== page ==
• “We will reopen Virginia next Friday.” Need consumers to feel safe to come back into places of business. Realizes it’s a week extension, but will give time to provide guidelines to busineses, so we can reopen as smoothly and safely as possible next Friday.
  • Question on whether, as we reopen, workers not ready to go back to work can continue to receive unemployment insurance.  Top priority is workplace safety. Waiting for guidance from the federal government for unemployment insurance eligibility, for instance if someone has an underlying condition.
  • Question on hiring 1,000 contact tracers. Dr. Oliver – reopening means we have to take very serious approach to identifying new cases, isolating people exposed, putting them into quarantine if necessary. Beginning process of hiring contact tracers, confident we can ramp up quickly.
  • Question on farmer’s markets/open-air markets, level of regulation after May 14. Northam – growing up on a farm, nothing more important than being able to get products to consumers. Want to make sure people have access to that as we move into Phase 1. Ag. Sec. Bettina Ring – we realize how critical farmers markets are, looking forward to opening up more…they’ve been fantastic. Now will be able to allow browsing, people wearing masks, excited about the opportunity as we move into spring/summer.
  • Question on allowing people to purchase takeout/delivery mixed drinks. Hasn’t addressed that specifically yet with ABC. As long as restaurants aren’t at full capacity, anticipates that policy staying in effect.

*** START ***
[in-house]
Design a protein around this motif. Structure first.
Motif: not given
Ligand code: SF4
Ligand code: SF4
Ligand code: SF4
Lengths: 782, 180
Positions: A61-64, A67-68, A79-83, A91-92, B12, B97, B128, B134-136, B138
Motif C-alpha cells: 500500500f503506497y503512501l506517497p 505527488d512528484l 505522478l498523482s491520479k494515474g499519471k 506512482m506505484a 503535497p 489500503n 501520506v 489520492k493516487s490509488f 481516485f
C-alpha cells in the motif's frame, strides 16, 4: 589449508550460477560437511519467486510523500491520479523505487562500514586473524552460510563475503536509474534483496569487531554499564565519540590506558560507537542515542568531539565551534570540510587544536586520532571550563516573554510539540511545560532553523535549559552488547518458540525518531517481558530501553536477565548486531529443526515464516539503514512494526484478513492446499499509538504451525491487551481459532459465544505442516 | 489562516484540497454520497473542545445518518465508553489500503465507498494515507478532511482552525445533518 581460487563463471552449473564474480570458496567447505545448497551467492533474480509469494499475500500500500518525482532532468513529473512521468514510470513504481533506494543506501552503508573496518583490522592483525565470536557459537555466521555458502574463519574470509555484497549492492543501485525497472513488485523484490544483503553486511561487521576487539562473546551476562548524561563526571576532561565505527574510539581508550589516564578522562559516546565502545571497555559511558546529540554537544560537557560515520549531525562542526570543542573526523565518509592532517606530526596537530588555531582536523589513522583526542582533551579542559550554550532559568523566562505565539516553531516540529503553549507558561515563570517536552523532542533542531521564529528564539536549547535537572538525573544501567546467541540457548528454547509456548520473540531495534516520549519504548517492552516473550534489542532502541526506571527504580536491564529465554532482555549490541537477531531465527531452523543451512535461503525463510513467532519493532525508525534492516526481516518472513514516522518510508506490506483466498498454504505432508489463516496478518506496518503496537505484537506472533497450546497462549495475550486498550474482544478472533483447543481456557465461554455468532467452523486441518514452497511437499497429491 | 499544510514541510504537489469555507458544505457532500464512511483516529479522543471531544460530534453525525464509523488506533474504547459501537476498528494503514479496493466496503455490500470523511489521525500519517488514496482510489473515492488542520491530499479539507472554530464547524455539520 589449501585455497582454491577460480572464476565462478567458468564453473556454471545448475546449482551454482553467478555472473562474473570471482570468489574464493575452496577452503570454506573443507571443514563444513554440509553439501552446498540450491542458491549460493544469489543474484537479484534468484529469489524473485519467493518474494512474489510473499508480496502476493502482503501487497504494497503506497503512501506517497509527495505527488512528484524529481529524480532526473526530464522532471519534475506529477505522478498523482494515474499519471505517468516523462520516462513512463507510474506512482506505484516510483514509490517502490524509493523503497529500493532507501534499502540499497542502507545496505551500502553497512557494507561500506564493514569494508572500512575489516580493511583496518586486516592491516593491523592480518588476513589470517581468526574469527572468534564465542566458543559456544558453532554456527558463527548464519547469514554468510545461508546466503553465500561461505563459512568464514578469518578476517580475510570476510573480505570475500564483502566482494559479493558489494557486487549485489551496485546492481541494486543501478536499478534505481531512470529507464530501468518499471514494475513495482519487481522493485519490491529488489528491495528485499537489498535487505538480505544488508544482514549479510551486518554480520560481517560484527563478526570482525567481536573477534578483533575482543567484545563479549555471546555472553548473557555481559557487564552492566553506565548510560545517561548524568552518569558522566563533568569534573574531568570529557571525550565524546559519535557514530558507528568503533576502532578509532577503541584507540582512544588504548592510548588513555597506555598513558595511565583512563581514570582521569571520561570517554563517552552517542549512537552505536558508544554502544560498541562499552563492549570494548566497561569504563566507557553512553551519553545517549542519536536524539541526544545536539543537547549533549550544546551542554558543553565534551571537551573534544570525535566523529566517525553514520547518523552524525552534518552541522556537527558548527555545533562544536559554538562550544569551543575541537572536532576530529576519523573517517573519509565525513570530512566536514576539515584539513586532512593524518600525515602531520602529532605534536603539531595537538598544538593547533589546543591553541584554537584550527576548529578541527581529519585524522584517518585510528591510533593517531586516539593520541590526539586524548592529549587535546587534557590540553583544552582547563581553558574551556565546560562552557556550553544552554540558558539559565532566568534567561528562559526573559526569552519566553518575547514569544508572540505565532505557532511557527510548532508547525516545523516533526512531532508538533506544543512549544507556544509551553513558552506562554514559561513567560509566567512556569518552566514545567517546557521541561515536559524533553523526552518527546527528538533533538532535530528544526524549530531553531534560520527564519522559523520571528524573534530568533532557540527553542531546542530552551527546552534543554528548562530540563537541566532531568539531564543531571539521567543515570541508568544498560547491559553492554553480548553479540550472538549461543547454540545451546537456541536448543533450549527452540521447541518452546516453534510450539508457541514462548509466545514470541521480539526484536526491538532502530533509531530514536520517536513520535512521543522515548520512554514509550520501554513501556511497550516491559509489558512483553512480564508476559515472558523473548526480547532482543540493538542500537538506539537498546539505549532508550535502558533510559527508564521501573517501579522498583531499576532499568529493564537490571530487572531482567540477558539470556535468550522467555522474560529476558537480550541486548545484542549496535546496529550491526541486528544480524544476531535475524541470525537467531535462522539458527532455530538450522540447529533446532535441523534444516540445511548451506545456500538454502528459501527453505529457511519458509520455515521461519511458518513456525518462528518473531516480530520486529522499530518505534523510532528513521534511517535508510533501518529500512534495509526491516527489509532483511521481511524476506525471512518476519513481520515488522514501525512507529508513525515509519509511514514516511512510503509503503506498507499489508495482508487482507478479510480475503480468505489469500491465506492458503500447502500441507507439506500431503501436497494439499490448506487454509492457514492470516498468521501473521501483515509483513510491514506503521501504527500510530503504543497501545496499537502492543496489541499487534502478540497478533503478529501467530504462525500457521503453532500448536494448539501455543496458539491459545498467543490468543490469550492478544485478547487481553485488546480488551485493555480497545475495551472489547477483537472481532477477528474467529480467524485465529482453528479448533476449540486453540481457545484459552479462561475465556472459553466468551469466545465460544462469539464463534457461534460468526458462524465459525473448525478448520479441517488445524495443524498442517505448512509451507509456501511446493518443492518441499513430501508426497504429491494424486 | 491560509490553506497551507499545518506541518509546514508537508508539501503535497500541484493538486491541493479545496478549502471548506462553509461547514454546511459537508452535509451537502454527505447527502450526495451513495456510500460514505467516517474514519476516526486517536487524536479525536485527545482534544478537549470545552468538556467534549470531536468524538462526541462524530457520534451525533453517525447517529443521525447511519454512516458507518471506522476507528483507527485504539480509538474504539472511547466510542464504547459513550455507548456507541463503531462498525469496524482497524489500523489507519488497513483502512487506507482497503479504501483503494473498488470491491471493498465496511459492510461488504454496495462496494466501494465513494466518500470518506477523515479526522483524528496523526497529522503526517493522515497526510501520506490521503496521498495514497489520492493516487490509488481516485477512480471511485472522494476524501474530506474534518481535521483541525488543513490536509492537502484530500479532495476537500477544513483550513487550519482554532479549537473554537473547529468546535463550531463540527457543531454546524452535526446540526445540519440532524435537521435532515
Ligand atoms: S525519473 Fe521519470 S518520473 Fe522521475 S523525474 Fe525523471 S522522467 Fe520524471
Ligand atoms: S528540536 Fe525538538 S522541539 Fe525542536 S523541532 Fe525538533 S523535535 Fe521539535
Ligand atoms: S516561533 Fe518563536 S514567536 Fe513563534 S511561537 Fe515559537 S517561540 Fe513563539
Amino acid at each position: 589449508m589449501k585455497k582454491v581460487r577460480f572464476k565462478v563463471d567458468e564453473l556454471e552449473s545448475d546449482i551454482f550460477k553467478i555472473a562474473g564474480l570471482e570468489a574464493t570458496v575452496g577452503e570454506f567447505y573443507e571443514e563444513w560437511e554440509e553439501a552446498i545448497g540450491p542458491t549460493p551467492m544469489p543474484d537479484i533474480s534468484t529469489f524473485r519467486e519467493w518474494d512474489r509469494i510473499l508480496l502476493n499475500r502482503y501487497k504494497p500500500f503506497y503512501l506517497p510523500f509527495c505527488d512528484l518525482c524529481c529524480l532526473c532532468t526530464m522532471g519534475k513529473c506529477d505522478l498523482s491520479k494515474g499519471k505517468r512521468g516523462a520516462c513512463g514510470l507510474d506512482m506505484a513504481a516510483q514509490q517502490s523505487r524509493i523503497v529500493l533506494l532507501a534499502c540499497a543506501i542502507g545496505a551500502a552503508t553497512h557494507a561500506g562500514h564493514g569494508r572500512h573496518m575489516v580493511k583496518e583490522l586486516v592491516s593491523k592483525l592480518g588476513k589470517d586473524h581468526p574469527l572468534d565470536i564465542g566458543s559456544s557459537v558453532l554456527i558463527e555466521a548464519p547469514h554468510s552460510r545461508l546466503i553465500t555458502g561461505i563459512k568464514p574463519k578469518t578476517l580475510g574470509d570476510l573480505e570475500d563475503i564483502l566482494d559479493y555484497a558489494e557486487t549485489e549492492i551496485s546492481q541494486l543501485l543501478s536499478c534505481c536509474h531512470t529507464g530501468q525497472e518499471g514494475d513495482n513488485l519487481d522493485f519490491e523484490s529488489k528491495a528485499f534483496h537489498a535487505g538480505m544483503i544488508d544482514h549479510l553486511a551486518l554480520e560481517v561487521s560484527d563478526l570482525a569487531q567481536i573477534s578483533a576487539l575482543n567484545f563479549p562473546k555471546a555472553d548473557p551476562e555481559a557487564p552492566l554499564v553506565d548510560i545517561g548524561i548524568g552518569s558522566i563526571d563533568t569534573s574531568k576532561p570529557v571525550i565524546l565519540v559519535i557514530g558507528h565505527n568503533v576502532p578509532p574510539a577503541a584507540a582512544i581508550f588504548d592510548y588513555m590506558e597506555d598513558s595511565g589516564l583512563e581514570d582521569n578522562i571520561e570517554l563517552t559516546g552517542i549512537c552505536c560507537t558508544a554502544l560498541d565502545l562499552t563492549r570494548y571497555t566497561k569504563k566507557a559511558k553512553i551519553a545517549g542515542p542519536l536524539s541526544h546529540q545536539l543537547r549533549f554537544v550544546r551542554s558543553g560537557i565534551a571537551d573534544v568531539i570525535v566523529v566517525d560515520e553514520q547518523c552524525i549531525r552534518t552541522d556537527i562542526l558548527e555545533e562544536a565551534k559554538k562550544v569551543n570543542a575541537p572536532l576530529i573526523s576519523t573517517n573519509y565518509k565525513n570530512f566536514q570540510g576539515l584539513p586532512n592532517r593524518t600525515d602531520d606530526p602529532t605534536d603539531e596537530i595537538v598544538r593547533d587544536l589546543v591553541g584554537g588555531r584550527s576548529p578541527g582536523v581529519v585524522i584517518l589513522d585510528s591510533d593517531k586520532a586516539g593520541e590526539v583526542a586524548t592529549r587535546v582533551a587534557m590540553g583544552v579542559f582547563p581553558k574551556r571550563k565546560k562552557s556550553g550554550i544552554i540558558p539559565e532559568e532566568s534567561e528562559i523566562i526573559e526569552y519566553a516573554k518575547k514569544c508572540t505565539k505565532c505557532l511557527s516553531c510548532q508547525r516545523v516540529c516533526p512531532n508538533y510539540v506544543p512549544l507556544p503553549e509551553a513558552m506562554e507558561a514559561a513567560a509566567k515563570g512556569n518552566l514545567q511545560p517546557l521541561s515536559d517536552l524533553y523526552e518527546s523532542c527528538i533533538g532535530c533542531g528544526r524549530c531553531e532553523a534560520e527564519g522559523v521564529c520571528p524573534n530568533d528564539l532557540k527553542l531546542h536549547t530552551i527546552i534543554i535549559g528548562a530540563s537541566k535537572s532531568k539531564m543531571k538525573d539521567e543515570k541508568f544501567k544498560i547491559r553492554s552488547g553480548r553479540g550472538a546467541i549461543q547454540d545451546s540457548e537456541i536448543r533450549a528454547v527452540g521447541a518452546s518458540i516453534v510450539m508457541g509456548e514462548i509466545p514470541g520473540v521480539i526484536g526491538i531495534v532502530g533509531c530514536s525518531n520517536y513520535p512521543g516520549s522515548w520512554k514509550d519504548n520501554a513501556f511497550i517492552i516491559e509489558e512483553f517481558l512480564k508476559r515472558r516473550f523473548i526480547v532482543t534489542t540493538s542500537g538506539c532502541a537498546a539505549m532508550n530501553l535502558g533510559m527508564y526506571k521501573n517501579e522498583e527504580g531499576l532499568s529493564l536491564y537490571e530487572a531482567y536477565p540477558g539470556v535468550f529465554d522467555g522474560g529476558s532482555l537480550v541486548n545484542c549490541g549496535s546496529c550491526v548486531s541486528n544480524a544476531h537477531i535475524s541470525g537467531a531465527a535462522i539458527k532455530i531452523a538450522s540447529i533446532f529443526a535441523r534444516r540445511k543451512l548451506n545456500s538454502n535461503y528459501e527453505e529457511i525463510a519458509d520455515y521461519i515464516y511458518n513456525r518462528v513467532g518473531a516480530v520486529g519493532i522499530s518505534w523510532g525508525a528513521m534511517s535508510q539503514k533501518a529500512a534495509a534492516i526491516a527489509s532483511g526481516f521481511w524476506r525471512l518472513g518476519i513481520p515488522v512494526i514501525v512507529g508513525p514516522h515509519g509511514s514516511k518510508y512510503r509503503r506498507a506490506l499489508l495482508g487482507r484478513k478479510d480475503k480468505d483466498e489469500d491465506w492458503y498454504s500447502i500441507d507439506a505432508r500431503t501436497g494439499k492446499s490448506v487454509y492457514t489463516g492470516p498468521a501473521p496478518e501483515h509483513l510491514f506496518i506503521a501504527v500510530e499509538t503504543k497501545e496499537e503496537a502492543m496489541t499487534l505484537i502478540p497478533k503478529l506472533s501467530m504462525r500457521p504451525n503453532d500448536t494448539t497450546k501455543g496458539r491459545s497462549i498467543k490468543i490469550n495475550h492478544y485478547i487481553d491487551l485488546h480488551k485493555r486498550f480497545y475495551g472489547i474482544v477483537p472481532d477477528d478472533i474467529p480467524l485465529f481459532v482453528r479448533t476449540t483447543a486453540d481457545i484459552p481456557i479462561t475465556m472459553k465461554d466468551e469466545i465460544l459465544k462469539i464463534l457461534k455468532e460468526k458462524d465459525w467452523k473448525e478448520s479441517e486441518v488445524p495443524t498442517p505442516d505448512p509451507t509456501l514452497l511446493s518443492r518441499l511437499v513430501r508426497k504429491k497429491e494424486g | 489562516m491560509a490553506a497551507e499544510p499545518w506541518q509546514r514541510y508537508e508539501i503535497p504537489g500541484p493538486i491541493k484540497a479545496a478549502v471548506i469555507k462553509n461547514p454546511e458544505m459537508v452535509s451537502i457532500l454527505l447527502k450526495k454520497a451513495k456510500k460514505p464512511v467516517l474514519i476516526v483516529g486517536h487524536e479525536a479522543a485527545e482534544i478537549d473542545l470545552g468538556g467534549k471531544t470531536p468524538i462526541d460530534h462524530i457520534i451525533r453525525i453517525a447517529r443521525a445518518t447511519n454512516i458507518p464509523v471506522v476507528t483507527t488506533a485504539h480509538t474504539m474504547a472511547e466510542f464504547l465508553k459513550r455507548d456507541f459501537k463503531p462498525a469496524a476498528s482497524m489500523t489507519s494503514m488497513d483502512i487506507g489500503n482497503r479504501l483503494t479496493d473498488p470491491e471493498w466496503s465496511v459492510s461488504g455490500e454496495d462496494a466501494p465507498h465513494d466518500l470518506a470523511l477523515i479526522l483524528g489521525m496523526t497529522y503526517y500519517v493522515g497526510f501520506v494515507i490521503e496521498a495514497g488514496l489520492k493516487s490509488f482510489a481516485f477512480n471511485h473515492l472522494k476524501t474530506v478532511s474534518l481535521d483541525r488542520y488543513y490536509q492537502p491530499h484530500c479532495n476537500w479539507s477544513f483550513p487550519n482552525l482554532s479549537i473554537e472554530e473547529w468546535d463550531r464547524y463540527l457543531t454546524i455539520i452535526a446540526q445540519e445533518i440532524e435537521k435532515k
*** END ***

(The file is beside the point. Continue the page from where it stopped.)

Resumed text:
• Question on lawsuit about churches. Counsel to the Governor Rita Davis – on Friday, Eastern District of VA denied the claims in a 30-page opinion; plaintiffs have appealed, DoJ has entered a statement of interest on behalf of the church…We believe governor’s authority prudent, necessary and contitutional.
  • Northam emphasizes we’ve been fighting a “biological war” for months now, and essentially what we’ve been asked to do as governors is to fight this war without any supplies, like sending Army/Navy with no ammunition. We started from ground zero competing for PPE, swabs to do tests. Finally, FEMA has stepped up, so we’re in a much better place today regarding what’s coming from Washington, but we started two months behind, because we had to do this on our own. All states are dealing with this situation. Commends leadership in Washington over the last couple weeks.
  • Northam emphasizes that everything we do is based on the constitution, decisions are made to protect Virginians. He understands people have made sacrifices, that some people are upset by his decisions, but he’s not standing up here to punish people…
  • In closing, Northam says any time there’s a crisis or a tragedy, we must as a society look at trying to bring some good from it, how we can learn/do better…There are some really hopeful things going on, such as colleges and pharmaceutical companies working as fast as they can to find treatments. For instance, remdesivir is very promising. That’s good news for people who contract COVID-19. Researchers are working around the clock to find a vaccine; that’s the “silver bullet” to put this crisis behind us. That’s encouraging. Thanks everyone who has made sacrifices during this pandemic. This hasn’t been easy on anybody; it’s very stressful. We lost a prominent, excellent emergency physician who worked in NY City…”she paid the ultimate sacrifice”; need support systems for healthcare providers, first responders…they are humans too, and stress can get to them…need support for these individuals, let them know it’s ok if they have a bad day, there’s help for you…Thanks everyone who’s been part of the solution to this, we’ll get through this if we all work together and come out of this even stronger.